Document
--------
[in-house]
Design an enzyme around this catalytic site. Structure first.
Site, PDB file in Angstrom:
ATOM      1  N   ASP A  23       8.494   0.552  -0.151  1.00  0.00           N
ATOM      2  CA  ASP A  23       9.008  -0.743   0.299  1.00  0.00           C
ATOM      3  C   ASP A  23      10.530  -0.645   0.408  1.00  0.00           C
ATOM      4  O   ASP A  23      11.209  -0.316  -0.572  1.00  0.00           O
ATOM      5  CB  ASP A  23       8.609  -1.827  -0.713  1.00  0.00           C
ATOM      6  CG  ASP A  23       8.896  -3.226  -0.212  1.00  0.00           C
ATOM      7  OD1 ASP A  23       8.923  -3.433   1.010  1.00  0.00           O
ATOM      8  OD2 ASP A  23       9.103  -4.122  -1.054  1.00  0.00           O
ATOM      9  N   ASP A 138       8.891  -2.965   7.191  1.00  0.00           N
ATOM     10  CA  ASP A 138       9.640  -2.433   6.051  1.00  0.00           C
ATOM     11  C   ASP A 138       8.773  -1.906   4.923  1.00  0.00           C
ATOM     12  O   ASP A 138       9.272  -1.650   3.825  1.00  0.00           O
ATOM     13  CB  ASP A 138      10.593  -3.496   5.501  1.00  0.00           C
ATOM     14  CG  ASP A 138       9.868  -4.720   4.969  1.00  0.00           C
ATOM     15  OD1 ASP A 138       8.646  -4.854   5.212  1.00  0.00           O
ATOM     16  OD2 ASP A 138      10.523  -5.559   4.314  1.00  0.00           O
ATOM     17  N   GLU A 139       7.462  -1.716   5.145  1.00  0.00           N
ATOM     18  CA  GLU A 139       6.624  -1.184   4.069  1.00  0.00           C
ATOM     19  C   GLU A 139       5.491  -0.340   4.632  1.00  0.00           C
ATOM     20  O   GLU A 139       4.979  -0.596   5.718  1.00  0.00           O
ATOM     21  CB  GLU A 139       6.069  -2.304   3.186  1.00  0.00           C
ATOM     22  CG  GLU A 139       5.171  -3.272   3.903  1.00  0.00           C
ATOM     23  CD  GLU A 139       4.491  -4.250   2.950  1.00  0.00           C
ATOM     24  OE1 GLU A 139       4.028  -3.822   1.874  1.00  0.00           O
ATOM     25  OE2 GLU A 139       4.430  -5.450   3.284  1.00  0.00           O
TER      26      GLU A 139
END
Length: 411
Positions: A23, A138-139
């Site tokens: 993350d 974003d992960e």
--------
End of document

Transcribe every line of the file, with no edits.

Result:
[in-house]
Design an enzyme around this catalytic site. Structure first.
Site, PDB file in Angstrom:
ATOM      1  N   ASP A  23       8.494   0.552  -0.151  1.00  0.00           N
ATOM      2  CA  ASP A  23       9.008  -0.743   0.299  1.00  0.00           C
ATOM      3  C   ASP A  23      10.530  -0.645   0.408  1.00  0.00           C
ATOM      4  O   ASP A  23      11.209  -0.316  -0.572  1.00  0.00           O
ATOM      5  CB  ASP A  23       8.609  -1.827  -0.713  1.00  0.00           C
ATOM      6  CG  ASP A  23       8.896  -3.226  -0.212  1.00  0.00           C
ATOM      7  OD1 ASP A  23       8.923  -3.433   1.010  1.00  0.00           O
ATOM      8  OD2 ASP A  23       9.103  -4.122  -1.054  1.00  0.00           O
ATOM      9  N   ASP A 138       8.891  -2.965   7.191  1.00  0.00           N
ATOM     10  CA  ASP A 138       9.640  -2.433   6.051  1.00  0.00           C
ATOM     11  C   ASP A 138       8.773  -1.906   4.923  1.00  0.00           C
ATOM     12  O   ASP A 138       9.272  -1.650   3.825  1.00  0.00           O
ATOM     13  CB  ASP A 138      10.593  -3.496   5.501  1.00  0.00           C
ATOM     14  CG  ASP A 138       9.868  -4.720   4.969  1.00  0.00           C
ATOM     15  OD1 ASP A 138       8.646  -4.854   5.212  1.00  0.00           O
ATOM     16  OD2 ASP A 138      10.523  -5.559   4.314  1.00  0.00           O
ATOM     17  N   GLU A 139       7.462  -1.716   5.145  1.00  0.00           N
ATOM     18  CA  GLU A 139       6.624  -1.184   4.069  1.00  0.00           C
ATOM     19  C   GLU A 139       5.491  -0.340   4.632  1.00  0.00           C
ATOM     20  O   GLU A 139       4.979  -0.596   5.718  1.00  0.00           O
ATOM     21  CB  GLU A 139       6.069  -2.304   3.186  1.00  0.00           C
ATOM     22  CG  GLU A 139       5.171  -3.272   3.903  1.00  0.00           C
ATOM     23  CD  GLU A 139       4.491  -4.250   2.950  1.00  0.00           C
ATOM     24  OE1 GLU A 139       4.028  -3.822   1.874  1.00  0.00           O
ATOM     25  OE2 GLU A 139       4.430  -5.450   3.284  1.00  0.00           O
TER      26      GLU A 139
END
Length: 411
Positions: A23, A138-139
């Site tokens: 993350d 974003d992960e």